All posts by leahklein

As far back as I can remember, I would wake up from my nap time to the smell and sounds of something cooking in the kitchen. I would stumble out of my bed and slowly make my way to the kitchen. My mom would be there chopping, stirring, mixing, or washing. I would rub my eyes take a deep breath and eventually be awake enough to either taste something she was chopping or ask to help out.

Spring Lamb Roast (Recipe)

I have recently been reconnected with Australian Lamb.  For those of you who know me, you know I like to shop and eat local more often than not.  In fact, the other day I saw that some grass fed beef was on sale, but then I saw that it was from Australia and I didn’t give it another second because why would I buy grass fed beef from Australia when I can buy local beef.   

The thing about Australian lamb though is that it tastes different.  It has a little less earthiness and is so delicate and tender. I don’t buy only American wines.  I don’t buy American olive oil.  I also don’t buy meat that often so when I do buy it, I want meat that I love the taste of.  American lamb is very tasty and there are some great farms nearby for lamb.  On the other hand, Australian lamb has it’s own characteristic.  It is grass fed from start to finish and the environment it is raised in gives it it’s own flavour.  It all comes back to terroir.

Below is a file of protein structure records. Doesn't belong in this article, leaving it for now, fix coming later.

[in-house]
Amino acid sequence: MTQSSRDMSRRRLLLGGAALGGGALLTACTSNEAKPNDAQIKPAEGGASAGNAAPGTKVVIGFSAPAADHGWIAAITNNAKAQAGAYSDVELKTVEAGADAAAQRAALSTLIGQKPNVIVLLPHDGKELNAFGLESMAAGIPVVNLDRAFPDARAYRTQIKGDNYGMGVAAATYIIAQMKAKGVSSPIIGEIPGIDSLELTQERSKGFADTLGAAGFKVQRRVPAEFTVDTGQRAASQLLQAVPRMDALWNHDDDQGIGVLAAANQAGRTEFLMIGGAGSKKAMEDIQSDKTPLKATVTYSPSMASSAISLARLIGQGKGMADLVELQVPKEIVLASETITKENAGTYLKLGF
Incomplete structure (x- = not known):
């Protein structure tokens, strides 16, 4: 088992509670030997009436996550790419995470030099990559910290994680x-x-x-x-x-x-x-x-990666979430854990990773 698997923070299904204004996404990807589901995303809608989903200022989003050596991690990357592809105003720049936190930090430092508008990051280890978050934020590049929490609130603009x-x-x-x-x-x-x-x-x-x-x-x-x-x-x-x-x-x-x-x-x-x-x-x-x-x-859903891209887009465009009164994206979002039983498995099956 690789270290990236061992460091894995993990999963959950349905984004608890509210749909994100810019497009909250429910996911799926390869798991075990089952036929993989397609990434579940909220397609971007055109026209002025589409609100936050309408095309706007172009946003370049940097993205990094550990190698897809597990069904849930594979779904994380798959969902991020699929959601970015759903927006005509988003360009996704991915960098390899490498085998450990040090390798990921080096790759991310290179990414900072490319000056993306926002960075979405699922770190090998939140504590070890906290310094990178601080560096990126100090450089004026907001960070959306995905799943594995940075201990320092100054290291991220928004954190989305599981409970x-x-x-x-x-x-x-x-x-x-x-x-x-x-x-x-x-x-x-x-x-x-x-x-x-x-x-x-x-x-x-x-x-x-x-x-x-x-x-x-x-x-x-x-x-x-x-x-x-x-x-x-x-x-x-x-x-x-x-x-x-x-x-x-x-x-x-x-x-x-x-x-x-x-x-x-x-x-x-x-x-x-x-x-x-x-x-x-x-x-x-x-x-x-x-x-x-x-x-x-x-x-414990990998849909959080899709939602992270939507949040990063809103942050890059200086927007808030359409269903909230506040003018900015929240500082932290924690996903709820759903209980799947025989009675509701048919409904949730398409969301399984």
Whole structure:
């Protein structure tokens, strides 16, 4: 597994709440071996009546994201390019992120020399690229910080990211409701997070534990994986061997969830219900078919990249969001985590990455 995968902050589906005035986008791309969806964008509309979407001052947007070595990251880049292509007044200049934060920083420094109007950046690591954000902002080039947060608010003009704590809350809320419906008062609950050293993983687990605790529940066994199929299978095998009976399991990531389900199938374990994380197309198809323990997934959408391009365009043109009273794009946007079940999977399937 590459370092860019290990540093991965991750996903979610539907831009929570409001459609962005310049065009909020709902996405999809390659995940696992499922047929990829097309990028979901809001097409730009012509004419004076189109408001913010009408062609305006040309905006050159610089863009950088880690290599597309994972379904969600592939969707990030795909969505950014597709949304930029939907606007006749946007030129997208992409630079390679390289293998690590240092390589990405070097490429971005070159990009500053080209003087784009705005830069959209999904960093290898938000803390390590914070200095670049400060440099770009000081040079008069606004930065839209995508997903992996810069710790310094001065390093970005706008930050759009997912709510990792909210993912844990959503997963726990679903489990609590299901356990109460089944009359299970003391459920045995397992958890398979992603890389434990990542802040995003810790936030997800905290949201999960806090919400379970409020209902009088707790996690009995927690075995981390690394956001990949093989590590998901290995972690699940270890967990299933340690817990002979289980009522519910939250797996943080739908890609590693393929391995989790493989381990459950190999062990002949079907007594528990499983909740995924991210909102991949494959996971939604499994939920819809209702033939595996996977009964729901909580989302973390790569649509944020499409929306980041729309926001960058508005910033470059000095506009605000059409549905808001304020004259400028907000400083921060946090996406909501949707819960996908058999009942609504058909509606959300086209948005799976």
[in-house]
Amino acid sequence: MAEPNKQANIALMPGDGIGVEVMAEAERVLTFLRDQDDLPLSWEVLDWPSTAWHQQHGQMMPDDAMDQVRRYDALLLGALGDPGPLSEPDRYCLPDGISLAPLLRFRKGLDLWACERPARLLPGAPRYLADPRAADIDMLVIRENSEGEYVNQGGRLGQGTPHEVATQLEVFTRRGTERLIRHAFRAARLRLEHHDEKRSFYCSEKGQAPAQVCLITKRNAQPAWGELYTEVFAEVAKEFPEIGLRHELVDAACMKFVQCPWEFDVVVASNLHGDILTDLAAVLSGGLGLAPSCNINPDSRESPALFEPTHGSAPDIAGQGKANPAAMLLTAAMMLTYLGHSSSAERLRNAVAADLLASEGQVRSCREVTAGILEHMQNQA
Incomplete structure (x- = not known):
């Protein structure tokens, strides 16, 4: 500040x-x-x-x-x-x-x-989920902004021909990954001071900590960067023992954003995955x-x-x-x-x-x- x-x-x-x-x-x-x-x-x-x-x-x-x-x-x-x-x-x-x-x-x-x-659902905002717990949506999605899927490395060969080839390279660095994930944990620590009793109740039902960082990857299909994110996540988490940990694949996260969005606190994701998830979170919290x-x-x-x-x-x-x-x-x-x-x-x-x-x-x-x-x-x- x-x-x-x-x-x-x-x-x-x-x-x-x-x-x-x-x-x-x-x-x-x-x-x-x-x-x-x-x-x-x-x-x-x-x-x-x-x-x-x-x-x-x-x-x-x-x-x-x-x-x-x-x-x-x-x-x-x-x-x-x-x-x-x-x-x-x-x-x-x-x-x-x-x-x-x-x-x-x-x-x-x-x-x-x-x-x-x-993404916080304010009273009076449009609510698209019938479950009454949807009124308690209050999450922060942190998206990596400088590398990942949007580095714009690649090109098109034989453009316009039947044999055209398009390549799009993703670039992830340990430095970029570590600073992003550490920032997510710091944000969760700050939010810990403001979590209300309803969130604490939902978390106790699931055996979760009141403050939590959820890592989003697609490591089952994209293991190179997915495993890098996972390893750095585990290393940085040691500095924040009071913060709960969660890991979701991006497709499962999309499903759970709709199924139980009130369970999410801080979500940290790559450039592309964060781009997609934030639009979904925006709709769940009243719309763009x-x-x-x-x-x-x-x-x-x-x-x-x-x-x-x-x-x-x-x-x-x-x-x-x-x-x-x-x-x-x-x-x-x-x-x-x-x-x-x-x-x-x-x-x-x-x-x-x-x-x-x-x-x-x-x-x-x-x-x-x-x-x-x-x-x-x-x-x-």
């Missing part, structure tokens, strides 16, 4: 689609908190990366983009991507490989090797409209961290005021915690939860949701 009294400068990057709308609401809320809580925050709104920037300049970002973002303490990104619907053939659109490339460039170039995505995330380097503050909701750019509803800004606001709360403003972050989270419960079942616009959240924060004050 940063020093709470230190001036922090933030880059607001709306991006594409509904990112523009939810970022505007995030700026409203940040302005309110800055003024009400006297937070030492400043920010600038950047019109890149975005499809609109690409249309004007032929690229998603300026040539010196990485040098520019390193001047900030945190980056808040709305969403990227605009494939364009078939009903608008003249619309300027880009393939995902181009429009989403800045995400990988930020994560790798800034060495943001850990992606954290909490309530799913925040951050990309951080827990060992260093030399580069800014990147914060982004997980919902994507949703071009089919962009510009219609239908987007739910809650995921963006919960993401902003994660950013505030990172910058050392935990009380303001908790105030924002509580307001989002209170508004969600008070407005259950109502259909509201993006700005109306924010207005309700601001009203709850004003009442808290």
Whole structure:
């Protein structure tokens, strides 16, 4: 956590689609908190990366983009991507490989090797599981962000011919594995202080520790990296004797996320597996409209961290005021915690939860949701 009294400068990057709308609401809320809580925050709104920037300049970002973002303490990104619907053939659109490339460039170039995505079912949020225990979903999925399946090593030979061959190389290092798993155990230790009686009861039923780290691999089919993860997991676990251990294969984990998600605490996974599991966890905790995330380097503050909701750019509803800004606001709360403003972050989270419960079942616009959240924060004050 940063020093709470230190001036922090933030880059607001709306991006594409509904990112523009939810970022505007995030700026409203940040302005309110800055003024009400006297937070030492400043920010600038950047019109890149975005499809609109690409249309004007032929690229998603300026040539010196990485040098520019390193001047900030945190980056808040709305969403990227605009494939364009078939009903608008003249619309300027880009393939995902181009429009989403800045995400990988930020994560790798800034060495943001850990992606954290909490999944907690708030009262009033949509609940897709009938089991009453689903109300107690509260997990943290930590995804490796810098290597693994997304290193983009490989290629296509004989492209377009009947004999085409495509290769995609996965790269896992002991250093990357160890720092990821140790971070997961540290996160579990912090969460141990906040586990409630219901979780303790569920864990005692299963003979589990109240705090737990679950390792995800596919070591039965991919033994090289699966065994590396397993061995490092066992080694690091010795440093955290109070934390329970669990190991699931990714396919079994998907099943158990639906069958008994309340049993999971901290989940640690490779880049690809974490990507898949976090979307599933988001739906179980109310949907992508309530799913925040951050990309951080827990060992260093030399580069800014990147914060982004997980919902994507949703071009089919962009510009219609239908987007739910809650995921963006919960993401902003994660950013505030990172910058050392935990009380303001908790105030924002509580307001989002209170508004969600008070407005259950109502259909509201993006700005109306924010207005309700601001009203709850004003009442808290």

I grew up on Australian lamb in Canada.  It was the best lamb available and my mom cooked lamb often because it was a favourite of hers and it was less expensive than other meat.

I was recently invited to a lamb dinner hosted by Australian Lamb, KO Pies and Harpoon brewery and fell in love with Australian lamb.  As a child, I didn’t appreciate lamb at all.  As an adult, I’ve discovered a new love for it especially because it gets me out of a chicken and beef rut. Australian lamb tastes a bit less gamey to me and it is incredibly tender. That is why I prefer it. I was recently sent a few samples of Australian lamb to play with in the kitchen: a leg of lamb and a rack of lamb. 

The first recipe I tried was a roast leg of lamb.

A roast is a beautiful thing.  It is dramatic and luxurious, yet it is one of the simplest pieces of meat to cook so long as you do it carefully. To be able to cook your roast to perfection, a thermometer is very helpful.  I used this recipe from The Kitchn as a guide, but I love the taste of mustard on lamb, so I modified the rub. Also, my lamb took quite a bit longer to come to temperature.

Additional ingredients needed:

  • 2 TBSP Dijon mustard
  • replace 3 sprigs of rosemary with:
    1 sprig of rosemary, 1 sprig of thyme, 1 sprig of oregano